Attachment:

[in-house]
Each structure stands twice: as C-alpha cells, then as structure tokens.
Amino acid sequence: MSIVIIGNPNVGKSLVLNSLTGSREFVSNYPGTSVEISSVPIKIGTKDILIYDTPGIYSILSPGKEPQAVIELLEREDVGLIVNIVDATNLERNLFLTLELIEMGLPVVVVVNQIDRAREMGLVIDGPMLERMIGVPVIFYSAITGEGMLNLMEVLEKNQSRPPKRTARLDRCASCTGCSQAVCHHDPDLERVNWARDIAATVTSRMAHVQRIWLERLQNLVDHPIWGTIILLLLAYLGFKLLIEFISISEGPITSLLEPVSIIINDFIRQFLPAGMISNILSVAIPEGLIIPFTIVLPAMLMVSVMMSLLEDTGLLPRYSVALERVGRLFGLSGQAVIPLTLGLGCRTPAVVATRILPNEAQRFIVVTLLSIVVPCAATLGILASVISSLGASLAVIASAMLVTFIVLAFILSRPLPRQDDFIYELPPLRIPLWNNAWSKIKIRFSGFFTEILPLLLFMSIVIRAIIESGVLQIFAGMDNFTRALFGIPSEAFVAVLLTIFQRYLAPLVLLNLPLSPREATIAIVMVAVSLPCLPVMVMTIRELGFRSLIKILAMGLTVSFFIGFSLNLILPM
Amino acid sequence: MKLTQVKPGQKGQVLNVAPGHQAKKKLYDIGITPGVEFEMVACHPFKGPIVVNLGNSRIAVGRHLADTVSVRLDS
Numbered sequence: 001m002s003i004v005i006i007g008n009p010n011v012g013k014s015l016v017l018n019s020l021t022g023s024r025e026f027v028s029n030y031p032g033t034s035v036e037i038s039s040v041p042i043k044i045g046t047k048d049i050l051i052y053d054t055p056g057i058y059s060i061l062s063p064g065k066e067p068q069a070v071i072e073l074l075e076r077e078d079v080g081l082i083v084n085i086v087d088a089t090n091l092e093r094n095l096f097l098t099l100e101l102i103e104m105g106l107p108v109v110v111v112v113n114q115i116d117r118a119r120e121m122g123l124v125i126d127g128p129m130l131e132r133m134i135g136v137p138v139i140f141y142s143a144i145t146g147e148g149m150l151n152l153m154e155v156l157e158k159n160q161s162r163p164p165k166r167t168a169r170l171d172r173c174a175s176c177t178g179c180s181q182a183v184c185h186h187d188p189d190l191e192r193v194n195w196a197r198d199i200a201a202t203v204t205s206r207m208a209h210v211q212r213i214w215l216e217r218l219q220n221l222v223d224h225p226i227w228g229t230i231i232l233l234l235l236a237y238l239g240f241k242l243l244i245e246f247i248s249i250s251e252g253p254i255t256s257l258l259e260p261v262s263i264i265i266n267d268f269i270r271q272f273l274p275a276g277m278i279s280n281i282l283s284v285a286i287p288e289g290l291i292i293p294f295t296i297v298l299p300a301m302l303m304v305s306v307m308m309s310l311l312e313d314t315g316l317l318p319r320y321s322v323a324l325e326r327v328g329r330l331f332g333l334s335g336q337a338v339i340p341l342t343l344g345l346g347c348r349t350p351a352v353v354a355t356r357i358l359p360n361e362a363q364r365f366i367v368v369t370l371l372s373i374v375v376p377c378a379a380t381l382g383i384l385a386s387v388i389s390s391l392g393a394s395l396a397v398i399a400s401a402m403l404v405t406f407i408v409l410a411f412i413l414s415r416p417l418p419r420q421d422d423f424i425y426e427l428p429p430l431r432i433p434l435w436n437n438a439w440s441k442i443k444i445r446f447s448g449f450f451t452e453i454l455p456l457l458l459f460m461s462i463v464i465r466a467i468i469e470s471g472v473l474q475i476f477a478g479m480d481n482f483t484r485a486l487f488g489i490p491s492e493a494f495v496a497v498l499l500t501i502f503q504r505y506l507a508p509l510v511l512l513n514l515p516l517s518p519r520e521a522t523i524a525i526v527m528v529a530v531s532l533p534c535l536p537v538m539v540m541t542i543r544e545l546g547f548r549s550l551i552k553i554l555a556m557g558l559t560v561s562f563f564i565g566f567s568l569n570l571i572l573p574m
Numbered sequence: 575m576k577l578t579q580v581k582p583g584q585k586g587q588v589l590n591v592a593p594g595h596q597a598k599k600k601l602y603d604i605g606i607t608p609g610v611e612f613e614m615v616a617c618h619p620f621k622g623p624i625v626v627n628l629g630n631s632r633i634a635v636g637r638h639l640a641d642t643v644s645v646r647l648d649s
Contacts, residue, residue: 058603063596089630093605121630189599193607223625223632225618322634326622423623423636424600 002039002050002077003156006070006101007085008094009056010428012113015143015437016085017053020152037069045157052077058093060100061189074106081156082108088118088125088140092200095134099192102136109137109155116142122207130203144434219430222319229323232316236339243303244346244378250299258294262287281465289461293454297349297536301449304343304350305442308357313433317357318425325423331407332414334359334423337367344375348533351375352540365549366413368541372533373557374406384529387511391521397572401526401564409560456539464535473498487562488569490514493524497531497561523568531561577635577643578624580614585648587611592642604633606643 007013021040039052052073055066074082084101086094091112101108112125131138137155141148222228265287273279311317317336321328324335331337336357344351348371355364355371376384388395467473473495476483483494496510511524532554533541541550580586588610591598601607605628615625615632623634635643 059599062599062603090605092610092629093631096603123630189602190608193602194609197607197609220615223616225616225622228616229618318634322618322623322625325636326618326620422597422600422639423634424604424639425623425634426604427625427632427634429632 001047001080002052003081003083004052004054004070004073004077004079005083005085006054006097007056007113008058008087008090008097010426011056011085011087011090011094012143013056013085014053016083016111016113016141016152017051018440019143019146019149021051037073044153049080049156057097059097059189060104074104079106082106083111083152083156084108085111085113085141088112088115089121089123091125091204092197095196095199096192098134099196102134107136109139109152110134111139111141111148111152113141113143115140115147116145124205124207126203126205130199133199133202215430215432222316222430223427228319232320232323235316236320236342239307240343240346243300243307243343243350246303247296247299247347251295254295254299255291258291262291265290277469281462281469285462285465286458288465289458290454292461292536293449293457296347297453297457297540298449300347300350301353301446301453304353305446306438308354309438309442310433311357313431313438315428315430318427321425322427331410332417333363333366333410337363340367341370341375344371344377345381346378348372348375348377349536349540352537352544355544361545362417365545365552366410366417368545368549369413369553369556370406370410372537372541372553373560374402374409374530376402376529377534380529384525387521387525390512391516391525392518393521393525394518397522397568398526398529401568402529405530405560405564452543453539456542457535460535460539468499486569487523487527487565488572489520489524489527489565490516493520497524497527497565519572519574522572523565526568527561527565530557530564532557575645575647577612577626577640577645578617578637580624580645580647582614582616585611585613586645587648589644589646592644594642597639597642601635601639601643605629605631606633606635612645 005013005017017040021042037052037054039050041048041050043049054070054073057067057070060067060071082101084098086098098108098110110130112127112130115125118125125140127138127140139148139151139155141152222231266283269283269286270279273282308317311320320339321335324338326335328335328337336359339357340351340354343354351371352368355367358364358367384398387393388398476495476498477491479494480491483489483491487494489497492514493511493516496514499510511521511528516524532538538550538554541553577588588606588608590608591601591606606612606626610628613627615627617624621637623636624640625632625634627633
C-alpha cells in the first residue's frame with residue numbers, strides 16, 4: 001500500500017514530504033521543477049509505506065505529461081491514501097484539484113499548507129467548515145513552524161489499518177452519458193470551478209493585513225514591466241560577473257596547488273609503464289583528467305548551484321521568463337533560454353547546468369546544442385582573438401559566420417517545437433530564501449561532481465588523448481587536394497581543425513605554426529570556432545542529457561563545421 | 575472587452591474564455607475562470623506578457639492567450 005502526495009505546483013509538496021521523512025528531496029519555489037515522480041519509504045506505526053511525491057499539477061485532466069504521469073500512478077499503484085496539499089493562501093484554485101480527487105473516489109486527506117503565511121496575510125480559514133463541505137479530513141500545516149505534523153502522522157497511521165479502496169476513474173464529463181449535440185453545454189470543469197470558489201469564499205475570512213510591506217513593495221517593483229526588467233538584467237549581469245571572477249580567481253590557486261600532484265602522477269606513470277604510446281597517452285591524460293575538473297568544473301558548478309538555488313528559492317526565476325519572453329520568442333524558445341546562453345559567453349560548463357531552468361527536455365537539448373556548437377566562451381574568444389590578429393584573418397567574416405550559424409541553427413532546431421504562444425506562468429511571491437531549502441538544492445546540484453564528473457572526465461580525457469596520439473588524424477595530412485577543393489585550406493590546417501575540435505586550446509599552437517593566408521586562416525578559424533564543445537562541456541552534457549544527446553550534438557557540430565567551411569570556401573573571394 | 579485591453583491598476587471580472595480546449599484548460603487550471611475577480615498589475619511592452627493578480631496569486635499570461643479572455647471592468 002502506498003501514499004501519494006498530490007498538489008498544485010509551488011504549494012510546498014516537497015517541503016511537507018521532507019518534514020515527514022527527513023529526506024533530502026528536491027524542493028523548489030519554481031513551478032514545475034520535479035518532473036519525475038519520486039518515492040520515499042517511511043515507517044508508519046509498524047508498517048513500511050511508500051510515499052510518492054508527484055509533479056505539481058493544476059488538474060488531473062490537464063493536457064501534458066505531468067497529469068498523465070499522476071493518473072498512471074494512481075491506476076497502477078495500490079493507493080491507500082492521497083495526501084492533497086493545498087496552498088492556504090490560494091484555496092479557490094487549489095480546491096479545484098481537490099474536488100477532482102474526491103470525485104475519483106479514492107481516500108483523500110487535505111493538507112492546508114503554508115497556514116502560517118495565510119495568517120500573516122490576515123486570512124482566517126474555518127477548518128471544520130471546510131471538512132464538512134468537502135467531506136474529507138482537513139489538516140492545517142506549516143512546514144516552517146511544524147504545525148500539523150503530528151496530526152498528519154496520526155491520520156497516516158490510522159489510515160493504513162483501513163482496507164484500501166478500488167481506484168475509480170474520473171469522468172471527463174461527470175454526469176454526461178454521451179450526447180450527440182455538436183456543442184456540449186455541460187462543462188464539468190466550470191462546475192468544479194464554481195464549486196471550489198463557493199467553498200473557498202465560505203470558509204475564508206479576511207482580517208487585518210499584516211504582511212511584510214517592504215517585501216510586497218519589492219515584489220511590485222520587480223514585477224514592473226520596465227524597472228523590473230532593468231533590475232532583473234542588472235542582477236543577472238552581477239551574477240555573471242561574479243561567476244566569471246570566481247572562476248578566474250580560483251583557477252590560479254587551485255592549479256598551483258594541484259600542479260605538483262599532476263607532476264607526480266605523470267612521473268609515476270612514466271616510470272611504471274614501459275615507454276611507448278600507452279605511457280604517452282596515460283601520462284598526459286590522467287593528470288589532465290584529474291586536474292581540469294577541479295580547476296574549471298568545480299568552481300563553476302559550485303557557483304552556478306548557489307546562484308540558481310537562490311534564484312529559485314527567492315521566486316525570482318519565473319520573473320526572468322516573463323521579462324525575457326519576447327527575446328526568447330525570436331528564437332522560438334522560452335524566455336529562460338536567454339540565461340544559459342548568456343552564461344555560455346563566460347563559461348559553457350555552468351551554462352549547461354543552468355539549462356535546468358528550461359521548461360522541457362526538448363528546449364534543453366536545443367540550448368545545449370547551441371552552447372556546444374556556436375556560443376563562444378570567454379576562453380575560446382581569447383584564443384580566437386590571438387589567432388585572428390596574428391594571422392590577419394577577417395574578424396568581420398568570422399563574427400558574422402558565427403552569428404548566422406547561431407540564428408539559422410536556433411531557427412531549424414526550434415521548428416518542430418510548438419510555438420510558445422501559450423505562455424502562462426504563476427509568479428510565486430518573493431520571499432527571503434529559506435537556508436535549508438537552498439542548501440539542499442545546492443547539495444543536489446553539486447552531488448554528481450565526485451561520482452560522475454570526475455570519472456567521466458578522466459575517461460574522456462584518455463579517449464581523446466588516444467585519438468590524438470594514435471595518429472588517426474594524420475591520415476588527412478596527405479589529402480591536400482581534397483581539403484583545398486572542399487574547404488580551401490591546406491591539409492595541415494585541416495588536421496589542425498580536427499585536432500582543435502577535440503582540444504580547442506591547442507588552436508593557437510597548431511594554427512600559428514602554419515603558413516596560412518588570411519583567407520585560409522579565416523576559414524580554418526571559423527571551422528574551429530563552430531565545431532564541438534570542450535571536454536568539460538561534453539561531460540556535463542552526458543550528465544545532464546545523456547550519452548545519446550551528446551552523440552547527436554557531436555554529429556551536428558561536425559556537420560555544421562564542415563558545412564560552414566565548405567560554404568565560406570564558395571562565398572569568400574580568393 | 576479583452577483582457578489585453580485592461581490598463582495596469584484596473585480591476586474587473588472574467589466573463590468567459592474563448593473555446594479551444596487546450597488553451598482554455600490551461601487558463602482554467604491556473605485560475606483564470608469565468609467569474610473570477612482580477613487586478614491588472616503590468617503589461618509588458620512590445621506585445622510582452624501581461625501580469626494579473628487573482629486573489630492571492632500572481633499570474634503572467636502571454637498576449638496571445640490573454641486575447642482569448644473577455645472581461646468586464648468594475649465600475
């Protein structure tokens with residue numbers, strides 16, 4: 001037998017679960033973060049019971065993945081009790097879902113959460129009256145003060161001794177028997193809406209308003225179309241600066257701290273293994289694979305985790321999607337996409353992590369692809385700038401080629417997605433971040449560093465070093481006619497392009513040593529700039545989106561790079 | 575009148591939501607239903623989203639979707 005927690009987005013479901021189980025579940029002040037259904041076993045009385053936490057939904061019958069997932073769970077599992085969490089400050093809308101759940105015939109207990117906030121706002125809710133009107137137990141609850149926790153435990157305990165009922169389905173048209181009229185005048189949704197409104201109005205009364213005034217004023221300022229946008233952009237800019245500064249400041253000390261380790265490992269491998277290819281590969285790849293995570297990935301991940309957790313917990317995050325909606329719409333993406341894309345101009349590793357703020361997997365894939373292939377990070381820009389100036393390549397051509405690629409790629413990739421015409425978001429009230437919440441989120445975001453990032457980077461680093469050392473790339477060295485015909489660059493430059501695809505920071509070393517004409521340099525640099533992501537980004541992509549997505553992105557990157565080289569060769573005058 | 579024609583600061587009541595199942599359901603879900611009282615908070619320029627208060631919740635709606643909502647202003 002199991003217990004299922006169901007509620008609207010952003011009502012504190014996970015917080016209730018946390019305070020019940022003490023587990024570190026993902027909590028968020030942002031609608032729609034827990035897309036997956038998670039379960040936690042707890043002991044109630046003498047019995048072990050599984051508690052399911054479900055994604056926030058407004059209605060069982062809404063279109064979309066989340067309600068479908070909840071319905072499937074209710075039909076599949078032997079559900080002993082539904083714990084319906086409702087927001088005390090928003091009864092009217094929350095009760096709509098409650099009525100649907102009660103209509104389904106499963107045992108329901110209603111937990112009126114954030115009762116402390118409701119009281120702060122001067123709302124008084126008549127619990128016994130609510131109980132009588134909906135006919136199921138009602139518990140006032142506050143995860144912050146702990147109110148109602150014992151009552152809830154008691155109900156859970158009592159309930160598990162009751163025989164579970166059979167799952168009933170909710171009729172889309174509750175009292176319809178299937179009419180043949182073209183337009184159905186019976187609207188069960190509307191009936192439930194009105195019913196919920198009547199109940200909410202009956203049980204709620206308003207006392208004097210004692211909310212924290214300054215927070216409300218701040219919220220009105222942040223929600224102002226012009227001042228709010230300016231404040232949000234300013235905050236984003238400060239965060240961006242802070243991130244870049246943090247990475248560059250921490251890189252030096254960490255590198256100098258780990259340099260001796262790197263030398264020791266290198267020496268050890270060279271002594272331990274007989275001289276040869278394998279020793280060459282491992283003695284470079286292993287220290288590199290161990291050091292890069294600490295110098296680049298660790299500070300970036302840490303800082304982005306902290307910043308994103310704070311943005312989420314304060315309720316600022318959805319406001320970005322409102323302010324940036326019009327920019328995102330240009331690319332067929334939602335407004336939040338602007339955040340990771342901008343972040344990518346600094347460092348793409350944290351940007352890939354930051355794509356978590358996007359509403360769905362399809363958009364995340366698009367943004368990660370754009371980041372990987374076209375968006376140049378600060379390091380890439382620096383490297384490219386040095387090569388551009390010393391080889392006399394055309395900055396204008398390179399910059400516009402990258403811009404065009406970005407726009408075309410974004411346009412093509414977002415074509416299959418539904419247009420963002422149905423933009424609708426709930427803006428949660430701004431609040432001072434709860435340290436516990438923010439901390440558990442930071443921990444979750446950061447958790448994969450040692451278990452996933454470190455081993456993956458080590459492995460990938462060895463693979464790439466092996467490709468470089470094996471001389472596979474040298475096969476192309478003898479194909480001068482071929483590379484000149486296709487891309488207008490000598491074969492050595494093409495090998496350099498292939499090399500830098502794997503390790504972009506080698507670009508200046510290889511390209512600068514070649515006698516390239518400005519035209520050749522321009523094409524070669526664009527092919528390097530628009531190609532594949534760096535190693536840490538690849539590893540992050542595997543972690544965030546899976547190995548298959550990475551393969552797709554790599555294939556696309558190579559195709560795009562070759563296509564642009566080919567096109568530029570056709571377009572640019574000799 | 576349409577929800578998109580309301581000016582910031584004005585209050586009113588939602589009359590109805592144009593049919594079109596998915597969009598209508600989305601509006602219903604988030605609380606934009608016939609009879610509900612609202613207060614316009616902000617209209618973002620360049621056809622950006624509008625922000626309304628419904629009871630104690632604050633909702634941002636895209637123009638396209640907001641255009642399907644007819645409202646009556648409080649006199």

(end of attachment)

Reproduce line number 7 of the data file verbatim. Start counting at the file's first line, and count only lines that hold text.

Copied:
Contacts, residue, residue: 058603063596089630093605121630189599193607223625223632225618322634326622423623423636424600 002039002050002077003156006070006101007085008094009056010428012113015143015437016085017053020152037069045157052077058093060100061189074106081156082108088118088125088140092200095134099192102136109137109155116142122207130203144434219430222319229323232316236339243303244346244378250299258294262287281465289461293454297349297536301449304343304350305442308357313433317357318425325423331407332414334359334423337367344375348533351375352540365549366413368541372533373557374406384529387511391521397572401526401564409560456539464535473498487562488569490514493524497531497561523568531561577635577643578624580614585648587611592642604633606643 007013021040039052052073055066074082084101086094091112101108112125131138137155141148222228265287273279311317317336321328324335331337336357344351348371355364355371376384388395467473473495476483483494496510511524532554533541541550580586588610591598601607605628615625615632623634635643 059599062599062603090605092610092629093631096603123630189602190608193602194609197607197609220615223616225616225622228616229618318634322618322623322625325636326618326620422597422600422639423634424604424639425623425634426604427625427632427634429632 001047001080002052003081003083004052004054004070004073004077004079005083005085006054006097007056007113008058008087008090008097010426011056011085011087011090011094012143013056013085014053016083016111016113016141016152017051018440019143019146019149021051037073044153049080049156057097059097059189060104074104079106082106083111083152083156084108085111085113085141088112088115089121089123091125091204092197095196095199096192098134099196102134107136109139109152110134111139111141111148111152113141113143115140115147116145124205124207126203126205130199133199133202215430215432222316222430223427228319232320232323235316236320236342239307240343240346243300243307243343243350246303247296247299247347251295254295254299255291258291262291265290277469281462281469285462285465286458288465289458290454292461292536293449293457296347297453297457297540298449300347300350301353301446301453304353305446306438308354309438309442310433311357313431313438315428315430318427321425322427331410332417333363333366333410337363340367341370341375344371344377345381346378348372348375348377349536349540352537352544355544361545362417365545365552366410366417368545368549369413369553369556370406370410372537372541372553373560374402374409374530376402376529377534380529384525387521387525390512391516391525392518393521393525394518397522397568398526398529401568402529405530405560405564452543453539456542457535460535460539468499486569487523487527487565488572489520489524489527489565490516493520497524497527497565519572519574522572523565526568527561527565530557530564532557575645575647577612577626577640577645578617578637580624580645580647582614582616585611585613586645587648589644589646592644594642597639597642601635601639601643605629605631606633606635612645 005013005017017040021042037052037054039050041048041050043049054070054073057067057070060067060071082101084098086098098108098110110130112127112130115125118125125140127138127140139148139151139155141152222231266283269283269286270279273282308317311320320339321335324338326335328335328337336359339357340351340354343354351371352368355367358364358367384398387393388398476495476498477491479494480491483489483491487494489497492514493511493516496514499510511521511528516524532538538550538554541553577588588606588608590608591601591606606612606626610628613627615627617624621637623636624640625632625634627633